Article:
NCT ID: NCT03822598 Completed - Depression Clinical Trials

Promoting Asylum-seeking and Refugee Children's Coping With Trauma

Start date: June 20, 2017
Phase: N/A
Study type: Interventional

A short term trauma-focused cognitive- behavioral program to reduce trauma-related mental health problems among asylum-seeking and refugee children. The main hypothesis of the study is that the TRT program significantly improves mental health (i.e. reduces symptoms of post-traumatic symptoms, depression and generalized anxiety and increases perceived quality of life (Qol) in the intervention group compared to the waiting-list control group.

NCT ID: NCT03796325 Completed - Depression Clinical Trials

Depressive State After Sleeve Gastrectomy

Start date: January 1, 2013
Study type: Observational [Patient Registry]

Obesity is an epidemic disease that continues to increase causing morbidity and mortality to those who suffer. Obese patients suffer, frequently, from a depressive state, anger, and emotional disturbances. It cannot be recognized and depression causes obesity affecting eating habits or obesity causes depression based on physical, social and occupational limitations. Many times we see that obese patients are discriminated in every sense of daily life increasing their depressive state. The best treatment for obesity is bariatric surgery that causes a sufficient weight loss to correct sleep apnea, diabetes, hypertension, and many other co-morbidity. The study is based on elucidating the effect of sleeve gastrectomy in obese patients suffering from depression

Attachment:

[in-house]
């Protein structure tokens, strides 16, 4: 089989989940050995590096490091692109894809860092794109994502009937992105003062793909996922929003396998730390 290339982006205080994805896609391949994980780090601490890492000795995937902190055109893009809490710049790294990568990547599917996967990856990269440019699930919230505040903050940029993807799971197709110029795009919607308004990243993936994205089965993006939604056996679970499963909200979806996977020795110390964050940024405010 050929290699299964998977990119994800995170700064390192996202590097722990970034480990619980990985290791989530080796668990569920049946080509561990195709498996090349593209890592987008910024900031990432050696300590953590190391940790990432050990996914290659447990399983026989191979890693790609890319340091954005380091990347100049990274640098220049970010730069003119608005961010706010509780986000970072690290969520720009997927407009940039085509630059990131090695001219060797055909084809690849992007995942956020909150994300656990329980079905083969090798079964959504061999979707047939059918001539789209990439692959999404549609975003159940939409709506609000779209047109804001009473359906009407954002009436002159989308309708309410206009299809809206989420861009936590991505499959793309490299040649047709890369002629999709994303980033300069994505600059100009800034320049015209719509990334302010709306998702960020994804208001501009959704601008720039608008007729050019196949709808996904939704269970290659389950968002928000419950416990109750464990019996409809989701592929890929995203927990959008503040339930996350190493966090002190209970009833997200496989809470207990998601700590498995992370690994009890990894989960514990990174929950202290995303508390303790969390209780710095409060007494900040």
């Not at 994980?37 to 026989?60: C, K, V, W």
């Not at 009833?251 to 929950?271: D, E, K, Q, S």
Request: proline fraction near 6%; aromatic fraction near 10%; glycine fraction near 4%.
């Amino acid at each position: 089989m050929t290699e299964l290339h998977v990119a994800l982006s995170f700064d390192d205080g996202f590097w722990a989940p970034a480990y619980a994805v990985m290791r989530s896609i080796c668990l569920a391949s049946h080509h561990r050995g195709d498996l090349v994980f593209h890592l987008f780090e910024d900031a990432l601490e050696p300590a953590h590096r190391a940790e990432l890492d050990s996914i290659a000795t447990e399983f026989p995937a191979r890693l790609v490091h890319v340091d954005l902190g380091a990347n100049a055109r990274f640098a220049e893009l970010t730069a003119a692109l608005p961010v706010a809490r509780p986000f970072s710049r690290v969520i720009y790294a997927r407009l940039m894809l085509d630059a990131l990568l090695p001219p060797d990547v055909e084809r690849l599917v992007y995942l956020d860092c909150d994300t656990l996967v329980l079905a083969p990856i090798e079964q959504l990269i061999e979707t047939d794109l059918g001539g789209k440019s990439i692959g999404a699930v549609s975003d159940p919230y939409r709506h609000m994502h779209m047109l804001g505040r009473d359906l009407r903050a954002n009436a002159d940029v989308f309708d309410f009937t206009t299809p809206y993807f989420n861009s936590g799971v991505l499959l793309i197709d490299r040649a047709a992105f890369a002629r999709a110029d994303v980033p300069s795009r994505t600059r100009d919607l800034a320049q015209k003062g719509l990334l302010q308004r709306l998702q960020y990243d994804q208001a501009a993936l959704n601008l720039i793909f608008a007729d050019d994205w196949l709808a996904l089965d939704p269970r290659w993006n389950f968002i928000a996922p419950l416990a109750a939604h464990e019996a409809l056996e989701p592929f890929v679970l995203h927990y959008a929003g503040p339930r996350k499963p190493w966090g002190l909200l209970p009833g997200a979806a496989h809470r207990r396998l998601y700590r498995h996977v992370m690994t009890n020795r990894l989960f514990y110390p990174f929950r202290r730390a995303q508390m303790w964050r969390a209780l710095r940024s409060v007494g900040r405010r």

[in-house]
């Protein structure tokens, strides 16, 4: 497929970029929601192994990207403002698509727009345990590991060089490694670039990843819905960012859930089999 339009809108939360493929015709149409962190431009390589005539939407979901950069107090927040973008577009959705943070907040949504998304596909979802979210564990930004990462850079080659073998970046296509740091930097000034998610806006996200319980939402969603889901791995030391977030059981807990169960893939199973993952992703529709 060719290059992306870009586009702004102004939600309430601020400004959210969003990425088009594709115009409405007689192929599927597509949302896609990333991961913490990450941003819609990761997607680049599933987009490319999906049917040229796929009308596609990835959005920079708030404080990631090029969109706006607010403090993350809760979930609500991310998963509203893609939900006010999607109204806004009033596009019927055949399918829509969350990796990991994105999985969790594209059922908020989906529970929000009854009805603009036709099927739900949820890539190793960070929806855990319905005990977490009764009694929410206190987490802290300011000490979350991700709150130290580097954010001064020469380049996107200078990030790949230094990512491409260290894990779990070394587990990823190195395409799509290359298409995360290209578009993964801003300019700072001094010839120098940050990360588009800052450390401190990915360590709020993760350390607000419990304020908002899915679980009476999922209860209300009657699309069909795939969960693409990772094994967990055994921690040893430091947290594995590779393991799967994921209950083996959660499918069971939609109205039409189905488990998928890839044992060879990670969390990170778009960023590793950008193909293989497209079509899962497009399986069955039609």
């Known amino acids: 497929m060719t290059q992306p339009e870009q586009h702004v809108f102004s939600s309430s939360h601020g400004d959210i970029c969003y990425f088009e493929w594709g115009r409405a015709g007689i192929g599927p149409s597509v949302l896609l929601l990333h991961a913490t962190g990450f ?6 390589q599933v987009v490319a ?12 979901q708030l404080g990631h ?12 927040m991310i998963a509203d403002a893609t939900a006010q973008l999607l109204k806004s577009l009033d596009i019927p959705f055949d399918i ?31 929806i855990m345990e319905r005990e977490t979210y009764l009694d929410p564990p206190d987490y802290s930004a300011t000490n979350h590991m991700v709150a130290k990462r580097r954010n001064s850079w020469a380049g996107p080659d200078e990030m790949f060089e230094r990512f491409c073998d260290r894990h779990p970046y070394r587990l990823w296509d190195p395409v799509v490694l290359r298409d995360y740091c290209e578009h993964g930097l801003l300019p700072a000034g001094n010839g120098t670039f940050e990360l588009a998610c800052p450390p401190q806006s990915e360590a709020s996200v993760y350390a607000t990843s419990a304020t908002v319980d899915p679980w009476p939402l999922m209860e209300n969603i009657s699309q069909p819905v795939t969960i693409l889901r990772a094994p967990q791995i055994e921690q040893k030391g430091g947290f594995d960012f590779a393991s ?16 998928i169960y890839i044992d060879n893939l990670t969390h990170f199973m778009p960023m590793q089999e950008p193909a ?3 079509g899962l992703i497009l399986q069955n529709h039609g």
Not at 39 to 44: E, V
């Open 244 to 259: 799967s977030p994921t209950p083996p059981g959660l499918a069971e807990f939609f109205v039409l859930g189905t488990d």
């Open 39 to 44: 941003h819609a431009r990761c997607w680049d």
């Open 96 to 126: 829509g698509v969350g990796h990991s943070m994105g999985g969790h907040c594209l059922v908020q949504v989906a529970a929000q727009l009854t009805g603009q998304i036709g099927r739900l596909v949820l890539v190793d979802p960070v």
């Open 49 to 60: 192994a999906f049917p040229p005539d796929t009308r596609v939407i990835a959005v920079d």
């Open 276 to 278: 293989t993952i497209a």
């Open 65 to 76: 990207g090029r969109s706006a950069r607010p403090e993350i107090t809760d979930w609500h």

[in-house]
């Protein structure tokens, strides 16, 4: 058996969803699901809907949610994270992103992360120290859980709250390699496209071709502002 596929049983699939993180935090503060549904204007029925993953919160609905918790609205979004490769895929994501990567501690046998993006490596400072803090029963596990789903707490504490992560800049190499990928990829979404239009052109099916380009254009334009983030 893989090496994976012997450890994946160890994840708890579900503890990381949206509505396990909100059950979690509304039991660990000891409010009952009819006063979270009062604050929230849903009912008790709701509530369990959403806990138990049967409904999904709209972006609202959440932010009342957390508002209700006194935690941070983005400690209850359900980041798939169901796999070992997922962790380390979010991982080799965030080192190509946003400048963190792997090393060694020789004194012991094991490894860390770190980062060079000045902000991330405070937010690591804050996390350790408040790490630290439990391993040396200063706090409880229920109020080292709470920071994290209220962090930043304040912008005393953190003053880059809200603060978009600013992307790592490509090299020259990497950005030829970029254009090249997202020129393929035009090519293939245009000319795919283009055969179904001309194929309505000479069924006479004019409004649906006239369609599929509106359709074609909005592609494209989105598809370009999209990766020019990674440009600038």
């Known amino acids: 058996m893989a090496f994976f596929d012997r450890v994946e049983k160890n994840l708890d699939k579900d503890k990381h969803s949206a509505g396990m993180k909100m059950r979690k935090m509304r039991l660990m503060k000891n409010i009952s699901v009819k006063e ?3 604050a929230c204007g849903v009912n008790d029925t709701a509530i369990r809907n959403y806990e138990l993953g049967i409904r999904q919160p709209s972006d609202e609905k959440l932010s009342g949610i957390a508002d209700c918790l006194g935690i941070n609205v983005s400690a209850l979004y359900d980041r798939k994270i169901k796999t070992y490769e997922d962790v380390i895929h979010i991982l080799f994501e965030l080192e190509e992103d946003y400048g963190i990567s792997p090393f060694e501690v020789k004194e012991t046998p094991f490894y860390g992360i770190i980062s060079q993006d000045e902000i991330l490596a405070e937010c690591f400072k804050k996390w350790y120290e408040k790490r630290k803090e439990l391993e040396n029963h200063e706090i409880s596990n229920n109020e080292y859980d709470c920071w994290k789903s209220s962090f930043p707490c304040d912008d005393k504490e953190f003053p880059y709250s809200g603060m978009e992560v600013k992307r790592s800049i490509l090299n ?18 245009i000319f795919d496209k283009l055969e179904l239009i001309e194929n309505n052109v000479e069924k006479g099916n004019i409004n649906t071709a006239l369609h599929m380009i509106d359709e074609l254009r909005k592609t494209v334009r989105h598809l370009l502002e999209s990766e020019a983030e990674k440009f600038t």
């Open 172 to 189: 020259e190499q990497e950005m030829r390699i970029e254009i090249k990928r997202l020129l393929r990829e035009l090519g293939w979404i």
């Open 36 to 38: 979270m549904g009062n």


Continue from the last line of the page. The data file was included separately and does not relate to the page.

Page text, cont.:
NCT ID: NCT03795480 Completed - Depressive Symptoms Clinical Trials

Online Intervention for Depression: MOOD

Start date: May 7, 2018
Phase: N/A
Study type: Interventional

The study aims to examine the efficacy and acceptance of a self-help internet intervention "MOOD" in a sample of individuals with depressive symptoms. It is tested whether depressive symptomatology decreases in the intervention group compared to a wait-list control group. Further aims are to ascertain changes in self-worth and quality of life, to assess subjective evaluation of the program and to examine whether expectations of the program's helpfulness would predict symptom reduction.